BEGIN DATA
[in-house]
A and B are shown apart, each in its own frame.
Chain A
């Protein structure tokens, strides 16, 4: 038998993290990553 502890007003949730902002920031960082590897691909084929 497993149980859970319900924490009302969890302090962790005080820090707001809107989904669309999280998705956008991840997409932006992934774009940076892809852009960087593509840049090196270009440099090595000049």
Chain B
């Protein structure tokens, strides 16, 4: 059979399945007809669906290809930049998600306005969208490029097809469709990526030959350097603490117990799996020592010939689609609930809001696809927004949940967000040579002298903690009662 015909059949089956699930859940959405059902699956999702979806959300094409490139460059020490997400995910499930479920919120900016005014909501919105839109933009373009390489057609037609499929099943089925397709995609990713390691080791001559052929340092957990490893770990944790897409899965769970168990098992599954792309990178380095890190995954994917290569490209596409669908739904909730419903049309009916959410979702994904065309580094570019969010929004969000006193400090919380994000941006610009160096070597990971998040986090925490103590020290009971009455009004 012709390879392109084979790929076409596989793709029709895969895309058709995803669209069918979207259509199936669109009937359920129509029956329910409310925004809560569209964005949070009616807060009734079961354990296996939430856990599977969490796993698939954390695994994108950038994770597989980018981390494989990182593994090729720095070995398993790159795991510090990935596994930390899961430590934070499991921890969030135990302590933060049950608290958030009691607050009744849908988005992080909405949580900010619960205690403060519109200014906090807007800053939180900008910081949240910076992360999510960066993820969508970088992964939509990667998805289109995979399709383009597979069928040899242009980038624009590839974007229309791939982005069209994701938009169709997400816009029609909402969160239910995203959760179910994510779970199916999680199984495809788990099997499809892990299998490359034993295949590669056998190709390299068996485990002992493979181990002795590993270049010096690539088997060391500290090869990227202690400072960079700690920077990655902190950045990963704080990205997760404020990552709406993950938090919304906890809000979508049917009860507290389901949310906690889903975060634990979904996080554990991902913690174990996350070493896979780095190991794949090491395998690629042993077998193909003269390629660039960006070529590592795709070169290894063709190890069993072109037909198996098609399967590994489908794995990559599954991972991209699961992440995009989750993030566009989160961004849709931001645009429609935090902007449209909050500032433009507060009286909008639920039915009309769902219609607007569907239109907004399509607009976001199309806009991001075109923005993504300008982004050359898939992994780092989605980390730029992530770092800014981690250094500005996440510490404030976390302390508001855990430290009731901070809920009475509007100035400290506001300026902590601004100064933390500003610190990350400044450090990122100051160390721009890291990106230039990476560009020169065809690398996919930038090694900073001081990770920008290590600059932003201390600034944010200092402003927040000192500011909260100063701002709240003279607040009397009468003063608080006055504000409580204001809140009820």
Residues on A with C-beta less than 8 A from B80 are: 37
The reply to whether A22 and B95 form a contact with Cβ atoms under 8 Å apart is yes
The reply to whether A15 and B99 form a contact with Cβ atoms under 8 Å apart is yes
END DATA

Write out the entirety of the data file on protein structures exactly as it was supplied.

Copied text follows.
[in-house]
A and B are shown apart, each in its own frame.
Chain A
């Protein structure tokens, strides 16, 4: 038998993290990553 502890007003949730902002920031960082590897691909084929 497993149980859970319900924490009302969890302090962790005080820090707001809107989904669309999280998705956008991840997409932006992934774009940076892809852009960087593509840049090196270009440099090595000049």
Chain B
């Protein structure tokens, strides 16, 4: 059979399945007809669906290809930049998600306005969208490029097809469709990526030959350097603490117990799996020592010939689609609930809001696809927004949940967000040579002298903690009662 015909059949089956699930859940959405059902699956999702979806959300094409490139460059020490997400995910499930479920919120900016005014909501919105839109933009373009390489057609037609499929099943089925397709995609990713390691080791001559052929340092957990490893770990944790897409899965769970168990098992599954792309990178380095890190995954994917290569490209596409669908739904909730419903049309009916959410979702994904065309580094570019969010929004969000006193400090919380994000941006610009160096070597990971998040986090925490103590020290009971009455009004 012709390879392109084979790929076409596989793709029709895969895309058709995803669209069918979207259509199936669109009937359920129509029956329910409310925004809560569209964005949070009616807060009734079961354990296996939430856990599977969490796993698939954390695994994108950038994770597989980018981390494989990182593994090729720095070995398993790159795991510090990935596994930390899961430590934070499991921890969030135990302590933060049950608290958030009691607050009744849908988005992080909405949580900010619960205690403060519109200014906090807007800053939180900008910081949240910076992360999510960066993820969508970088992964939509990667998805289109995979399709383009597979069928040899242009980038624009590839974007229309791939982005069209994701938009169709997400816009029609909402969160239910995203959760179910994510779970199916999680199984495809788990099997499809892990299998490359034993295949590669056998190709390299068996485990002992493979181990002795590993270049010096690539088997060391500290090869990227202690400072960079700690920077990655902190950045990963704080990205997760404020990552709406993950938090919304906890809000979508049917009860507290389901949310906690889903975060634990979904996080554990991902913690174990996350070493896979780095190991794949090491395998690629042993077998193909003269390629660039960006070529590592795709070169290894063709190890069993072109037909198996098609399967590994489908794995990559599954991972991209699961992440995009989750993030566009989160961004849709931001645009429609935090902007449209909050500032433009507060009286909008639920039915009309769902219609607007569907239109907004399509607009976001199309806009991001075109923005993504300008982004050359898939992994780092989605980390730029992530770092800014981690250094500005996440510490404030976390302390508001855990430290009731901070809920009475509007100035400290506001300026902590601004100064933390500003610190990350400044450090990122100051160390721009890291990106230039990476560009020169065809690398996919930038090694900073001081990770920008290590600059932003201390600034944010200092402003927040000192500011909260100063701002709240003279607040009397009468003063608080006055504000409580204001809140009820």
Residues on A with C-beta less than 8 A from B80 are: 37
The reply to whether A22 and B95 form a contact with Cβ atoms under 8 Å apart is yes
The reply to whether A15 and B99 form a contact with Cβ atoms under 8 Å apart is yes